As talk about tariffs engulfs much of our news, many are left asking: just what is a tariff and what does it do?
Tariffs are much like the out-of-state tuition that state colleges charge students whose families have not supported the college through taxes. Most state colleges require out-of-state students to pay more, and most people fully support that sensible requirement.
Similarly, tariffs help level the playing field between offshore manufacturers that escape the extra burdens and costs of operating a business in America and providing jobs to Americans. Requiring those foreign companies to pay more for the privilege of selling to American consumers is perfectly logical given how the foreigners have not been paying American taxes or complying with our regulations.
The resistance to tariffs comes from the same never-Trumpers who assured us that Trump could never be nominated or elected. White House Trade Policy Director Peter Navarro noted that nearly all the other presidential candidates opposed Trump on trade, but “guess what?” Navarro said. “He beat them.”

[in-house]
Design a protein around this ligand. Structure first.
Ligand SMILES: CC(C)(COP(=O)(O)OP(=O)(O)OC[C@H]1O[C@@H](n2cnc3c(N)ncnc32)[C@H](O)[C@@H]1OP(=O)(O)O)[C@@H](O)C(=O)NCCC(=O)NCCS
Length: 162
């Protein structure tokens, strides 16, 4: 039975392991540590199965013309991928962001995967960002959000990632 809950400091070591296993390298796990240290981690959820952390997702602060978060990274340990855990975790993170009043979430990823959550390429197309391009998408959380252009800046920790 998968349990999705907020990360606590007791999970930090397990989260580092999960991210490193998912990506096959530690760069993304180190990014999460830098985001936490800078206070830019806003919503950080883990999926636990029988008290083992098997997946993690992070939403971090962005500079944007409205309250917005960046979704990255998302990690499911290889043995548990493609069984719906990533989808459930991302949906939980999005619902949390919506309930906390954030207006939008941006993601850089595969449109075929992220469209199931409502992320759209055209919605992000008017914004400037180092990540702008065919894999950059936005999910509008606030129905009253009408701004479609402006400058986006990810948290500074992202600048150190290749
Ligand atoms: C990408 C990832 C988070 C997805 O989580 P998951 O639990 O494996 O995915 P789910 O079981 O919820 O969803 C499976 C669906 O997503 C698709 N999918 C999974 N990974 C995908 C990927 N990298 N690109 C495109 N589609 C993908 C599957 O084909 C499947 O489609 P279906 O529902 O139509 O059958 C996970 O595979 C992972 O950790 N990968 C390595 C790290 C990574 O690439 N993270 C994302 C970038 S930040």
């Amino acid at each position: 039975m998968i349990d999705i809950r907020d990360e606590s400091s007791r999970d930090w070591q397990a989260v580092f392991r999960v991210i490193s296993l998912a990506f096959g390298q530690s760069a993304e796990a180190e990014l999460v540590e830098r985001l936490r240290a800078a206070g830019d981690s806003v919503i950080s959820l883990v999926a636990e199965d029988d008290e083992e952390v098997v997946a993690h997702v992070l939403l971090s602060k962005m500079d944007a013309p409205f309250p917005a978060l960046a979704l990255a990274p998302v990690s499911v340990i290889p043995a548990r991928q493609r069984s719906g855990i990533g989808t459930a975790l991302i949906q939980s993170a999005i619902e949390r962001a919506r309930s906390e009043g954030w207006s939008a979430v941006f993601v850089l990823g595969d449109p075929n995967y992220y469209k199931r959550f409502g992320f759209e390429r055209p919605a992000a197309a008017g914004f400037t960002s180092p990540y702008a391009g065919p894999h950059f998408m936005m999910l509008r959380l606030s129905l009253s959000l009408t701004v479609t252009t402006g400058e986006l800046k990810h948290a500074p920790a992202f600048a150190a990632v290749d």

Thirty years ago, when Donald Trump was in his early 40s, his views on trade were much the same as they are now. He told Larry King that he was “tired of watching other people ripping off the United States.” He told Oprah, “I’d make our allies pay their fair share.”
Trump told Letterman that nations such as Japan have “totally taken advantage of the country. I’m talking about the [trade] deficits. They talk about free trade [but] they dump the cars and everything else.”
Democratic Senator Joe Manchin, who supports the Trump tariffs, observed that “Free trade hasn’t worked well for West Virginia.” Maybe that explains why Trump carried West Virginia with 69 percent of the popular vote, a whopping 42-point margin over Hillary Clinton in that formerly Democratic state.
Just as entrenched politicians in D.C. have blocked Trump’s efforts to build a Wall, they also protest too much at his effort to impose a few tariffs. Yet the approach of a tariff-less society has been a catastrophic failure for the American worker, so it is time to try the approach that originally made our country great.